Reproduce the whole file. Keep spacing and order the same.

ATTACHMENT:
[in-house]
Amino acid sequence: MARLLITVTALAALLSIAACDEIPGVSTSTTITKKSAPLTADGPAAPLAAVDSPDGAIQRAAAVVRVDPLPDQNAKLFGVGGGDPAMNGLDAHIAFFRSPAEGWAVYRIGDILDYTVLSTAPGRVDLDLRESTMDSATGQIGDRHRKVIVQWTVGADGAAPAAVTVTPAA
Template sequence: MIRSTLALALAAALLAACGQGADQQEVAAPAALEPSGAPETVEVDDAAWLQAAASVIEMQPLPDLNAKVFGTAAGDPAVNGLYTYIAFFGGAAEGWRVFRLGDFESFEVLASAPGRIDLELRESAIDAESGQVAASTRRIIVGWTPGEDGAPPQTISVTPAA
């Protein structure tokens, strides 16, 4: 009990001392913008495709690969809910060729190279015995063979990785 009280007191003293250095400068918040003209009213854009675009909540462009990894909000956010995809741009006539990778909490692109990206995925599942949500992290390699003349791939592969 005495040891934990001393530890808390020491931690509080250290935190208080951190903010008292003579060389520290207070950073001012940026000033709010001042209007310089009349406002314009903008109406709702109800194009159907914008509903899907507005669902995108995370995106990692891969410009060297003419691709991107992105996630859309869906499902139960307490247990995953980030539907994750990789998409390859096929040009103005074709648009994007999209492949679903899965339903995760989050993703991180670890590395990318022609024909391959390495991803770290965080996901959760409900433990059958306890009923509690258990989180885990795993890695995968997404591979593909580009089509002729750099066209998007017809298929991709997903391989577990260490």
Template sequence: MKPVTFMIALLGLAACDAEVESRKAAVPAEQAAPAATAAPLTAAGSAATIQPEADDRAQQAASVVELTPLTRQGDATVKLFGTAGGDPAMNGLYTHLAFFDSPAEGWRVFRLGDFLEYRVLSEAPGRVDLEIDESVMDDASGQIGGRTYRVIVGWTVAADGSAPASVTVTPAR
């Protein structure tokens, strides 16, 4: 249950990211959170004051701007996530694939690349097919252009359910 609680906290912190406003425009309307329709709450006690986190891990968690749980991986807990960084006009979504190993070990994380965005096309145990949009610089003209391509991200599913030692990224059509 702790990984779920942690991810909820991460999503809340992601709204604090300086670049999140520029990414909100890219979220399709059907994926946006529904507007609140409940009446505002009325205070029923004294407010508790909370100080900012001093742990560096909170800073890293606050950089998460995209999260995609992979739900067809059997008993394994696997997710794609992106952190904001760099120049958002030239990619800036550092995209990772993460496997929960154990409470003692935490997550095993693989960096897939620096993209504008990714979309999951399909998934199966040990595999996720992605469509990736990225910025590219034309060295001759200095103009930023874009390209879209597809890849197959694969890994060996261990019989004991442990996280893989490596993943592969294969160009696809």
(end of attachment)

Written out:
[in-house]
Amino acid sequence: MARLLITVTALAALLSIAACDEIPGVSTSTTITKKSAPLTADGPAAPLAAVDSPDGAIQRAAAVVRVDPLPDQNAKLFGVGGGDPAMNGLDAHIAFFRSPAEGWAVYRIGDILDYTVLSTAPGRVDLDLRESTMDSATGQIGDRHRKVIVQWTVGADGAAPAAVTVTPAA
Template sequence: MIRSTLALALAAALLAACGQGADQQEVAAPAALEPSGAPETVEVDDAAWLQAAASVIEMQPLPDLNAKVFGTAAGDPAVNGLYTYIAFFGGAAEGWRVFRLGDFESFEVLASAPGRIDLELRESAIDAESGQVAASTRRIIVGWTPGEDGAPPQTISVTPAA
């Protein structure tokens, strides 16, 4: 009990001392913008495709690969809910060729190279015995063979990785 009280007191003293250095400068918040003209009213854009675009909540462009990894909000956010995809741009006539990778909490692109990206995925599942949500992290390699003349791939592969 005495040891934990001393530890808390020491931690509080250290935190208080951190903010008292003579060389520290207070950073001012940026000033709010001042209007310089009349406002314009903008109406709702109800194009159907914008509903899907507005669902995108995370995106990692891969410009060297003419691709991107992105996630859309869906499902139960307490247990995953980030539907994750990789998409390859096929040009103005074709648009994007999209492949679903899965339903995760989050993703991180670890590395990318022609024909391959390495991803770290965080996901959760409900433990059958306890009923509690258990989180885990795993890695995968997404591979593909580009089509002729750099066209998007017809298929991709997903391989577990260490």
Template sequence: MKPVTFMIALLGLAACDAEVESRKAAVPAEQAAPAATAAPLTAAGSAATIQPEADDRAQQAASVVELTPLTRQGDATVKLFGTAGGDPAMNGLYTHLAFFDSPAEGWRVFRLGDFLEYRVLSEAPGRVDLEIDESVMDDASGQIGGRTYRVIVGWTVAADGSAPASVTVTPAR
């Protein structure tokens, strides 16, 4: 249950990211959170004051701007996530694939690349097919252009359910 609680906290912190406003425009309307329709709450006690986190891990968690749980991986807990960084006009979504190993070990994380965005096309145990949009610089003209391509991200599913030692990224059509 702790990984779920942690991810909820991460999503809340992601709204604090300086670049999140520029990414909100890219979220399709059907994926946006529904507007609140409940009446505002009325205070029923004294407010508790909370100080900012001093742990560096909170800073890293606050950089998460995209999260995609992979739900067809059997008993394994696997997710794609992106952190904001760099120049958002030239990619800036550092995209990772993460496997929960154990409470003692935490997550095993693989960096897939620096993209504008990714979309999951399909998934199966040990595999996720992605469509990736990225910025590219034309060295001759200095103009930023874009390209879209597809890849197959694969890994060996261990019989004991442990996280893989490596993943592969294969160009696809």